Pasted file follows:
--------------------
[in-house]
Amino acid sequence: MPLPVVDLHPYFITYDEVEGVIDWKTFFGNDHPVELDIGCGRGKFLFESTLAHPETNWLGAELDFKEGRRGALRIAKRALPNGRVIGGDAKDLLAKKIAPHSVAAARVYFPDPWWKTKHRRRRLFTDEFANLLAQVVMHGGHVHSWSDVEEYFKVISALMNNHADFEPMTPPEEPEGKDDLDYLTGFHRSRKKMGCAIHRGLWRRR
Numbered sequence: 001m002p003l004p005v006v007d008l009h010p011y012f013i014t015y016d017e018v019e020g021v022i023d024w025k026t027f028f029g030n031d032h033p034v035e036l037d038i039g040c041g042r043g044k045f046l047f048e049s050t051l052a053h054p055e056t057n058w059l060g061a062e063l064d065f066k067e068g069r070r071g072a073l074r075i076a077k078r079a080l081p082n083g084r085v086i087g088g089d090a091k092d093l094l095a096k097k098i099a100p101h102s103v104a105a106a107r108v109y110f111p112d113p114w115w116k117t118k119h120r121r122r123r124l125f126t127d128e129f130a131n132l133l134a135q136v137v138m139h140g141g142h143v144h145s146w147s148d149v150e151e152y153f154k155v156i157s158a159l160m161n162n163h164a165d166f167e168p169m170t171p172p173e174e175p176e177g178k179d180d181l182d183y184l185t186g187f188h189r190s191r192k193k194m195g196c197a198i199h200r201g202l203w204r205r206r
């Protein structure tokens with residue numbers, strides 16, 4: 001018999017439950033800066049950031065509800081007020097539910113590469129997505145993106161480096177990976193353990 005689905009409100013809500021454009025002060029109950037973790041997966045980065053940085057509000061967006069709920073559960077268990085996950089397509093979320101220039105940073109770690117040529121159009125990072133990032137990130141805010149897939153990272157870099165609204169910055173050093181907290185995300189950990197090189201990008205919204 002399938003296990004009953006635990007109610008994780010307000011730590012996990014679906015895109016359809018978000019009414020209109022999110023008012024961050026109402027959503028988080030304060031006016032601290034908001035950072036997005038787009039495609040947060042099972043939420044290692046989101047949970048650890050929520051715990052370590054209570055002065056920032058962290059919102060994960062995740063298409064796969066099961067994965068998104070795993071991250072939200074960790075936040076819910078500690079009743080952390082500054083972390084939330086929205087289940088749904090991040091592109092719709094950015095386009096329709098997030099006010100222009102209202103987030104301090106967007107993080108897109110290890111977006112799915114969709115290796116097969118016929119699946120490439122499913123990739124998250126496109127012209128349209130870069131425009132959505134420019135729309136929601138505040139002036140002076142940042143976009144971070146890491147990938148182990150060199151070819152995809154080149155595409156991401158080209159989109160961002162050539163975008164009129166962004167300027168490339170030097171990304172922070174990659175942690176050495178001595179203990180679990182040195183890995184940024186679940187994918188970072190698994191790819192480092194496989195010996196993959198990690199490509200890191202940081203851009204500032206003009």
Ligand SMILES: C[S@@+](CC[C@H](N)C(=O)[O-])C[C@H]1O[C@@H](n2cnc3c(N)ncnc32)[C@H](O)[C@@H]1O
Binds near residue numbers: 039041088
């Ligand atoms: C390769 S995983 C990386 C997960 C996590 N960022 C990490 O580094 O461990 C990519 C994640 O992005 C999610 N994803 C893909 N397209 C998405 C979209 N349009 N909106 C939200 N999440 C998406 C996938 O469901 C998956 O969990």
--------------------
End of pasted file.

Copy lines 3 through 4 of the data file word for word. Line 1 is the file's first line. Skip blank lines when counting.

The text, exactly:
Numbered sequence: 001m002p003l004p005v006v007d008l009h010p011y012f013i014t015y016d017e018v019e020g021v022i023d024w025k026t027f028f029g030n031d032h033p034v035e036l037d038i039g040c041g042r043g044k045f046l047f048e049s050t051l052a053h054p055e056t057n058w059l060g061a062e063l064d065f066k067e068g069r070r071g072a073l074r075i076a077k078r079a080l081p082n083g084r085v086i087g088g089d090a091k092d093l094l095a096k097k098i099a100p101h102s103v104a105a106a107r108v109y110f111p112d113p114w115w116k117t118k119h120r121r122r123r124l125f126t127d128e129f130a131n132l133l134a135q136v137v138m139h140g141g142h143v144h145s146w147s148d149v150e151e152y153f154k155v156i157s158a159l160m161n162n163h164a165d166f167e168p169m170t171p172p173e174e175p176e177g178k179d180d181l182d183y184l185t186g187f188h189r190s191r192k193k194m195g196c197a198i199h200r201g202l203w204r205r206r
């Protein structure tokens with residue numbers, strides 16, 4: 001018999017439950033800066049950031065509800081007020097539910113590469129997505145993106161480096177990976193353990 005689905009409100013809500021454009025002060029109950037973790041997966045980065053940085057509000061967006069709920073559960077268990085996950089397509093979320101220039105940073109770690117040529121159009125990072133990032137990130141805010149897939153990272157870099165609204169910055173050093181907290185995300189950990197090189201990008205919204 002399938003296990004009953006635990007109610008994780010307000011730590012996990014679906015895109016359809018978000019009414020209109022999110023008012024961050026109402027959503028988080030304060031006016032601290034908001035950072036997005038787009039495609040947060042099972043939420044290692046989101047949970048650890050929520051715990052370590054209570055002065056920032058962290059919102060994960062995740063298409064796969066099961067994965068998104070795993071991250072939200074960790075936040076819910078500690079009743080952390082500054083972390084939330086929205087289940088749904090991040091592109092719709094950015095386009096329709098997030099006010100222009102209202103987030104301090106967007107993080108897109110290890111977006112799915114969709115290796116097969118016929119699946120490439122499913123990739124998250126496109127012209128349209130870069131425009132959505134420019135729309136929601138505040139002036140002076142940042143976009144971070146890491147990938148182990150060199151070819152995809154080149155595409156991401158080209159989109160961002162050539163975008164009129166962004167300027168490339170030097171990304172922070174990659175942690176050495178001595179203990180679990182040195183890995184940024186679940187994918188970072190698994191790819192480092194496989195010996196993959198990690199490509200890191202940081203851009204500032206003009």